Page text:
Assessment of the pull based development model, as implemented by Github
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R Various bits of work Jan 15, 2016
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Rakefile pullreqs gem skeleton Jul 11, 2012

Pullreq Analysis

An analysis and report of how pull requests work for Github

Installation and configuration

You only need the following in case you want to regenerate (or generate more) the data files used for the analysis. The data files used in the various papers can be found in data/*.csv.

Make sure that Ruby 2.2 is installed on your machine. You can try RVM, if it is not. Then, it should suffice to do:

apt-get install libicu-dev cmake libmysqlclient-dev parallel
rvm install 2.2.1
rvm use 2.2.1
gem install bundler
bundle install
gem install mysql2 bson_ext

To work, the data extaction scripts need the GHTorrent MongoDB data and a recent version of the GHTorrent MySQL database. For that, you may use the data from

In addition to command specific arguments, the commands use the same config.yaml file for specific connection details to external systems. You can find a template config.yaml file here. The analysis scripts only are only interested in the connection details for MySQL and MongoDB, and the location of a temporary directory (the cache_dir directory).

Selecting the projects to analyze

  1. Create intermediate tables to do the querying
create view project_languages_totals as
select project_id, language, bytes, max(created_at) as last_update
from project_languages
group by project_id, language, bytes;
create table project_language_perc_last_update as
select a.project_id as project_id, a.language as language,  
a.bytes / (select sum(b.bytes) 
           from project_languages_totals b
           where b.project_id = a.project_id 
           group by b.project_id) as ratio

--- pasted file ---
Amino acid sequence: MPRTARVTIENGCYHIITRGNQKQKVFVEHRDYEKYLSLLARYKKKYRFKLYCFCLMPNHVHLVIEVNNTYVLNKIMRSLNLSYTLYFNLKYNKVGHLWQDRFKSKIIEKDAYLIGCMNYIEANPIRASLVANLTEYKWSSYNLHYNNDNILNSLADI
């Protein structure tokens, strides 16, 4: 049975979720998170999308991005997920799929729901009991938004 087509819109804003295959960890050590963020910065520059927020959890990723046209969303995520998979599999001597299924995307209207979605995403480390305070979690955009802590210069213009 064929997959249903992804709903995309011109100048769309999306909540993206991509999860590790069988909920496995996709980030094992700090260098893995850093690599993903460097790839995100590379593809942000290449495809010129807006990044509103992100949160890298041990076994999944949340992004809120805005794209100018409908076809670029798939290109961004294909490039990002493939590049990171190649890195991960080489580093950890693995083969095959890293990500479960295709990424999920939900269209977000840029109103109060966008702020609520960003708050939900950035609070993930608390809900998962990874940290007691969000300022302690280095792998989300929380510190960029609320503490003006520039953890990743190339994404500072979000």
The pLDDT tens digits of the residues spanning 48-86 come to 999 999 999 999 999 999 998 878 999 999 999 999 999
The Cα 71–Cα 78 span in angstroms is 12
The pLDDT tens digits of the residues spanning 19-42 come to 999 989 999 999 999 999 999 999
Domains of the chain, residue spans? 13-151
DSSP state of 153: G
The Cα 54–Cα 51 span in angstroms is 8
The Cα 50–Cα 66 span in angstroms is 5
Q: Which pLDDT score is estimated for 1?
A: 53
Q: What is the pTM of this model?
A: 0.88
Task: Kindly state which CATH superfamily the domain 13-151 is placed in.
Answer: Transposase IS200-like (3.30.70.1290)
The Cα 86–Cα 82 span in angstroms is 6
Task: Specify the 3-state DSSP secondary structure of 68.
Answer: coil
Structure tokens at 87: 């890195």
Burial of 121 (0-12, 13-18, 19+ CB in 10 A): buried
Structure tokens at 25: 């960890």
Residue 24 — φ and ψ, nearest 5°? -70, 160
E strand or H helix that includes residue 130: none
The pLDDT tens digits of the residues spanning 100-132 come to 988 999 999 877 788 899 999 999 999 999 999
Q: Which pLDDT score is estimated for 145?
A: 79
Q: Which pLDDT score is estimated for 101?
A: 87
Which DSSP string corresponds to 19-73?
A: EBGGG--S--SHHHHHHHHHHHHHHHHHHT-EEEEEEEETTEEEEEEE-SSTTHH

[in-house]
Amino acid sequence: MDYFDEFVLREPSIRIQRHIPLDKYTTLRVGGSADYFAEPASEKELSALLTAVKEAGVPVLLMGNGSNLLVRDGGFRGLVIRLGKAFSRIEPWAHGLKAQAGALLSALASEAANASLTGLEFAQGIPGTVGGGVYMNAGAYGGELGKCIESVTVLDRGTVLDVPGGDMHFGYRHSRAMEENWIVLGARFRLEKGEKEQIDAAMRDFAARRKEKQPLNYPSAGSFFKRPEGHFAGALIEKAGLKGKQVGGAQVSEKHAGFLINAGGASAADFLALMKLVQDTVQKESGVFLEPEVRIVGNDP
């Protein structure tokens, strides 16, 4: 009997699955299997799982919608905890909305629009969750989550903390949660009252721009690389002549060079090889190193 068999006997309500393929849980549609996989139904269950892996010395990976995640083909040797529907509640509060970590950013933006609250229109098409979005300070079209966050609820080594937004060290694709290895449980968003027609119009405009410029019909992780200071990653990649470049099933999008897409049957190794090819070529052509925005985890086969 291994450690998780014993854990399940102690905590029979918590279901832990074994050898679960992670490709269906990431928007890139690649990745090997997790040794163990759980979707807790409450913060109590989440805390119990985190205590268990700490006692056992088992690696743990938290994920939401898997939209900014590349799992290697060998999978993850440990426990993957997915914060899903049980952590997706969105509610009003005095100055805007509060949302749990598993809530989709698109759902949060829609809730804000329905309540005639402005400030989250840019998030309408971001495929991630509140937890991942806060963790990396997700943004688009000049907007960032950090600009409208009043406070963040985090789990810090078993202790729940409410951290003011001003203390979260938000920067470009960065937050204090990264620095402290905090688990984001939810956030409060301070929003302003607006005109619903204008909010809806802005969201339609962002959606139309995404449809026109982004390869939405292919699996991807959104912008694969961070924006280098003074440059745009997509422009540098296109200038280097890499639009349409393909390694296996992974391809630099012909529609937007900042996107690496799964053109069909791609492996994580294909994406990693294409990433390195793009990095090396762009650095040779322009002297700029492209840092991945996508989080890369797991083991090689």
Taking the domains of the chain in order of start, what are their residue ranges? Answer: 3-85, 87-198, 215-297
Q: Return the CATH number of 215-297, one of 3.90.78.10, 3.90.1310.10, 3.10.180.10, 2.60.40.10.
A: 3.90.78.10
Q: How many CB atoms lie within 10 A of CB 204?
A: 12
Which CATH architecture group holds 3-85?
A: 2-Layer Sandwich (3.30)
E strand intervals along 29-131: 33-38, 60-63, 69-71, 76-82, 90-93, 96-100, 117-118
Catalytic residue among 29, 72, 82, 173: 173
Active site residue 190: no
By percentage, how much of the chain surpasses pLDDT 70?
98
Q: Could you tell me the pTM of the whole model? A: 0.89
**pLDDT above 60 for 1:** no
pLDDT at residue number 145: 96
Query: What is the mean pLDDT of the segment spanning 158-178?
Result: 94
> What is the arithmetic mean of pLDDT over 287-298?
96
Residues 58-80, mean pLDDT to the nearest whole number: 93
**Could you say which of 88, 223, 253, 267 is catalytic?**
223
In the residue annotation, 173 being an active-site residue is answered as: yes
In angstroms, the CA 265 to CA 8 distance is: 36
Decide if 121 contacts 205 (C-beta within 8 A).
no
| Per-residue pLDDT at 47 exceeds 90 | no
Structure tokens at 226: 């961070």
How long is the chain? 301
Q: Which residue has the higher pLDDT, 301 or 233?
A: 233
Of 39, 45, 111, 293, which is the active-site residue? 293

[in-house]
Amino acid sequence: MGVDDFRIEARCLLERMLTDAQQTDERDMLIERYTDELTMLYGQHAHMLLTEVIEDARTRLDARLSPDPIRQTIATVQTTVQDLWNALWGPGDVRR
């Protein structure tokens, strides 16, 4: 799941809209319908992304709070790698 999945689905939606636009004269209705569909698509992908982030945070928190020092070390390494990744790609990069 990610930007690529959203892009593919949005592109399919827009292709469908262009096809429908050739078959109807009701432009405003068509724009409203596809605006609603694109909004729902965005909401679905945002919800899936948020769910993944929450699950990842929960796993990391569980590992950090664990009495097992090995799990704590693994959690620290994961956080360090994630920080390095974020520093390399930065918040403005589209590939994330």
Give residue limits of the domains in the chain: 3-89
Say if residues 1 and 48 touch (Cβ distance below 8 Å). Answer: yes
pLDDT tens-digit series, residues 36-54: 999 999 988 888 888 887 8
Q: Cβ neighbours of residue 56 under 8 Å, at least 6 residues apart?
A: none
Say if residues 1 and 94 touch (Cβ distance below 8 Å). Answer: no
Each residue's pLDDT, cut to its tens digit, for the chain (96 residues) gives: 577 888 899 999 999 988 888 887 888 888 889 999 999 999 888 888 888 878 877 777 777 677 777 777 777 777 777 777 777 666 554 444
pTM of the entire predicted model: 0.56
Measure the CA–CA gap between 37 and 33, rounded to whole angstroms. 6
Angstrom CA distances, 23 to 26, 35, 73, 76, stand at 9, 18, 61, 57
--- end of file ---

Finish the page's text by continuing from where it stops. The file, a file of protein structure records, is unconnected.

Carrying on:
from project_languages_totals a;
  1. For each one of the languages java, javascript, scala, ruby, python run the following query on the GHTorrent database:
select u.login,, count(*)
from projects p, users u, pull_requests pr
where p.owner_id =
and pr.base_repo_id =
and p.deleted is false
and p.forked_from is null
and p.language = 'Javascript'
and (
	select ratio 
    from project_language_perc_last_update lu 
    where lu.project_id =
		and lu.language = 'javascript' limit 1) >= 0.75
and exists (select * 
            from project_commits pc, commits c 
			where = pc.commit_id
			and pc.project_id =
            and c.created_at > DATE_SUB(DATE('2015-11-01'), INTERVAL 6 MONTH) limit 1)
group by
having count(*) > 50
order by count(*) desc;

This will return all projects that have more than 50 pull requests, whose main language (main means > 75% code in this lanugage) is the indicated one and which have received at least one commit in the period Apr 1 and Nov 1, 2015.

Analyzing the data

The data analysis consists of two steps:

  • Generating intermediate data files
  • Analyzing data files with R

####Generating intermediate files

To produce the required data files, first run the bin/pull_req_data_extraction.rb script like so:

  ruby -Ibin bin/pull_req_data_extraction.rb -c config.yaml owner repo lang


  • owner is the project owner
  • repo is the name of the repository
  • lang is the main repository language as reported by Github. At the moment, only ruby, java, python, scala and javascript are supported.